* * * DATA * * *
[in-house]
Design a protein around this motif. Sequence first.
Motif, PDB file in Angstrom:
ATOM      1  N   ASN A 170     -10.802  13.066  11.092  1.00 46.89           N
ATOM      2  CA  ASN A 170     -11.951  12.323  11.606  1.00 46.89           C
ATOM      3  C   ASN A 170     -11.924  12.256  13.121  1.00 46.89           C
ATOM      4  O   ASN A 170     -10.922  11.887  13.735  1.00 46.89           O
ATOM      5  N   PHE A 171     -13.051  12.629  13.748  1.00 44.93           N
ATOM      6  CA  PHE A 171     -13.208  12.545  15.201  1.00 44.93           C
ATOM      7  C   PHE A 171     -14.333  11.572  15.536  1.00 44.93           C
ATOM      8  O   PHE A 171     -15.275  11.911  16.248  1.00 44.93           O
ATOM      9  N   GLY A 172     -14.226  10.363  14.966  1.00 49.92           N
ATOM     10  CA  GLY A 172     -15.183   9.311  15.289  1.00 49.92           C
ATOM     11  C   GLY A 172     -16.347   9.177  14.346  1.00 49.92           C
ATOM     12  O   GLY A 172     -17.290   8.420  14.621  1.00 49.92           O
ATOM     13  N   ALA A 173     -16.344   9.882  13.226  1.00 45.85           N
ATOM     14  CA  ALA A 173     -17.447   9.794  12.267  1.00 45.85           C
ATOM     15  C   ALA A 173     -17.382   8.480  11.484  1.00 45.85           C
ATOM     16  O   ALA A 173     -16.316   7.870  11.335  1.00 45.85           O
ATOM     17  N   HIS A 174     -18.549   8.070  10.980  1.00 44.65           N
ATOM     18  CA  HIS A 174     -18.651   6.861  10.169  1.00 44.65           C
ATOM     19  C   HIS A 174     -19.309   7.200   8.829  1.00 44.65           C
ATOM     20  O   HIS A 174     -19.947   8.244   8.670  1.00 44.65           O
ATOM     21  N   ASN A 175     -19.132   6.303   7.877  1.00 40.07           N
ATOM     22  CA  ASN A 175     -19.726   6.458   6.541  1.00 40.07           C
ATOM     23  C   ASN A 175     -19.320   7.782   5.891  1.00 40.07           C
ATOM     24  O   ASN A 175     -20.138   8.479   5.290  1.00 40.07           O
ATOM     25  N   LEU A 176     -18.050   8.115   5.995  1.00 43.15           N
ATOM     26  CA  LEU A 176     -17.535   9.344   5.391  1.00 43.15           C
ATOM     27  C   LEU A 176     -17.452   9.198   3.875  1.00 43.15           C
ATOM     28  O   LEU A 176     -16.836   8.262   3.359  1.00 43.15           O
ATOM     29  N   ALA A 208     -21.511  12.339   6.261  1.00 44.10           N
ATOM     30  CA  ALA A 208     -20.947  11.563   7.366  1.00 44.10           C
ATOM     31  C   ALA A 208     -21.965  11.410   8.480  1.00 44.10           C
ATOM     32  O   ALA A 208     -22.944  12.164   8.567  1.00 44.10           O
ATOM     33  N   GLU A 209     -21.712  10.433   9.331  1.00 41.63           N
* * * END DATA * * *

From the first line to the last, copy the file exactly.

[in-house]
Design a protein around this motif. Sequence first.
Motif, PDB file in Angstrom:
ATOM      1  N   ASN A 170     -10.802  13.066  11.092  1.00 46.89           N
ATOM      2  CA  ASN A 170     -11.951  12.323  11.606  1.00 46.89           C
ATOM      3  C   ASN A 170     -11.924  12.256  13.121  1.00 46.89           C
ATOM      4  O   ASN A 170     -10.922  11.887  13.735  1.00 46.89           O
ATOM      5  N   PHE A 171     -13.051  12.629  13.748  1.00 44.93           N
ATOM      6  CA  PHE A 171     -13.208  12.545  15.201  1.00 44.93           C
ATOM      7  C   PHE A 171     -14.333  11.572  15.536  1.00 44.93           C
ATOM      8  O   PHE A 171     -15.275  11.911  16.248  1.00 44.93           O
ATOM      9  N   GLY A 172     -14.226  10.363  14.966  1.00 49.92           N
ATOM     10  CA  GLY A 172     -15.183   9.311  15.289  1.00 49.92           C
ATOM     11  C   GLY A 172     -16.347   9.177  14.346  1.00 49.92           C
ATOM     12  O   GLY A 172     -17.290   8.420  14.621  1.00 49.92           O
ATOM     13  N   ALA A 173     -16.344   9.882  13.226  1.00 45.85           N
ATOM     14  CA  ALA A 173     -17.447   9.794  12.267  1.00 45.85           C
ATOM     15  C   ALA A 173     -17.382   8.480  11.484  1.00 45.85           C
ATOM     16  O   ALA A 173     -16.316   7.870  11.335  1.00 45.85           O
ATOM     17  N   HIS A 174     -18.549   8.070  10.980  1.00 44.65           N
ATOM     18  CA  HIS A 174     -18.651   6.861  10.169  1.00 44.65           C
ATOM     19  C   HIS A 174     -19.309   7.200   8.829  1.00 44.65           C
ATOM     20  O   HIS A 174     -19.947   8.244   8.670  1.00 44.65           O
ATOM     21  N   ASN A 175     -19.132   6.303   7.877  1.00 40.07           N
ATOM     22  CA  ASN A 175     -19.726   6.458   6.541  1.00 40.07           C
ATOM     23  C   ASN A 175     -19.320   7.782   5.891  1.00 40.07           C
ATOM     24  O   ASN A 175     -20.138   8.479   5.290  1.00 40.07           O
ATOM     25  N   LEU A 176     -18.050   8.115   5.995  1.00 43.15           N
ATOM     26  CA  LEU A 176     -17.535   9.344   5.391  1.00 43.15           C
ATOM     27  C   LEU A 176     -17.452   9.198   3.875  1.00 43.15           C
ATOM     28  O   LEU A 176     -16.836   8.262   3.359  1.00 43.15           O
ATOM     29  N   ALA A 208     -21.511  12.339   6.261  1.00 44.10           N
ATOM     30  CA  ALA A 208     -20.947  11.563   7.366  1.00 44.10           C
ATOM     31  C   ALA A 208     -21.965  11.410   8.480  1.00 44.10           C
ATOM     32  O   ALA A 208     -22.944  12.164   8.567  1.00 44.10           O
ATOM     33  N   GLU A 209     -21.712  10.433   9.331  1.00 41.63           N